Ingrown toenail

Almost everyone has experienced at some point of their lifetime an unpleasant inflammation of the tissues around the toenail to a greater or lesser extent. Mechanical damages, long walks, uncomfortable shoes, can easily cause problems. An ingrown toenail occurs when a corner or a side of a toenail grows into the soft flesh. When the surrounding tissue is damaged, an inflammatory process arises causing the flesh around the nail to swell, turn red and become painful. When the swelling occurs, the toenail grows even more into the flesh. If treated immediately, no therapy is required. On the contrary, if this condition is neglected, toe infection or even bone infection may occur.  

What causes an ingrown toenail?

A genetic predisposition plays an important role. Some people have curved nails and their shape inevitably causes them to cut into the surrounding skin. Extremely tight footwear can cause damage. Excess weight, inadequate nail clipping and poor hygiene can be crucial.
Ingrown toenail

What are the symptoms?

Pain and mild pulsations around the nail are one of the firsts symptoms. Redness, mild swelling and, in later phase, colourless or yellowish discharge. If left untreated, the tissue around the nail thickens and grows as a separate tissue, a granulation. If left untreated, the redness can spread to the entire toe and cause bacterial damage to subcutaneous tissue and even bone. Special attention should be paid to diabetics who are more prone to infection, and in their case the process of healing is slower.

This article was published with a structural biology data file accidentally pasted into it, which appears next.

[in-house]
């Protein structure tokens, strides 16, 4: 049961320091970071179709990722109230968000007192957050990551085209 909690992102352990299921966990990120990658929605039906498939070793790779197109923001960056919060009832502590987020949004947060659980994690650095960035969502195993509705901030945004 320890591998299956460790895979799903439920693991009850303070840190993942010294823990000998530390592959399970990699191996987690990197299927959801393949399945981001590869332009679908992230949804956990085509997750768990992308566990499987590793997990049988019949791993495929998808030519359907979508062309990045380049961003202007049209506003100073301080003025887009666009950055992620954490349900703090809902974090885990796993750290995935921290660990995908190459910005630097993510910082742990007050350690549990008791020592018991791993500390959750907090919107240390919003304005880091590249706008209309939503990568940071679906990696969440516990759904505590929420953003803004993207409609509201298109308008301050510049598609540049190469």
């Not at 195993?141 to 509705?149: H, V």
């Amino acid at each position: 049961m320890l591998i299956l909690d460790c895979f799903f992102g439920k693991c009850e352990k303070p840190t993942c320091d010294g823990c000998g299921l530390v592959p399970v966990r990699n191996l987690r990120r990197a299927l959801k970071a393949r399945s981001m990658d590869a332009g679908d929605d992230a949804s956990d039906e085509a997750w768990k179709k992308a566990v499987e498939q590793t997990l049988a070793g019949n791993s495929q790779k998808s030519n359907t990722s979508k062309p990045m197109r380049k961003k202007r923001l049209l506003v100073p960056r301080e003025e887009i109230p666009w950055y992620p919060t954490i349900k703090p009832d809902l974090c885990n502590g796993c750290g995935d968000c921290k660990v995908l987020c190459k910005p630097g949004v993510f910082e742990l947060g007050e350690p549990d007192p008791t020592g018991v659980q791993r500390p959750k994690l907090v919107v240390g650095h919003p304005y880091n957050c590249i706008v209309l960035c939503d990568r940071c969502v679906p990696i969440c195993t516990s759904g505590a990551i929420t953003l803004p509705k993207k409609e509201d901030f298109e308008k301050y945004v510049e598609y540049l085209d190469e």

How to treat an ingrown nail?

Only the initial phase can be treated at home: by immersing the feet in warm water for 20 minutes, shortening the toenail when it softens or pulling it out using a cotton ball under the nail, rinsing with antiseptic solutions and using antibiotic ointments. At a later stage, it is necessary to consult a dermatologist who, under local anaesthesia, can remove excess nail from the flesh and remove granulation tissue. It is not necessary to pull the toenail out and do further damage to the nail bed. If the condition recurs, surgical intervention is necessary. The surgery is performed under local block anaesthesia. It is completely painless. The incision of the nail is made in the area where it enters the surrounding skin. Cutting the nail plate in the matrix, the part where the nail grows under the skin, makes it a permanent solution. The stitches are removed after 2 weeks, and it is advisable for the patient to rest during the first 3 days. After the removal of the stitches, the nail plate remains in place, it is only slightly narrower than it was before the intervention.
Svetlana Đurišić specijalista dermatovenerologije

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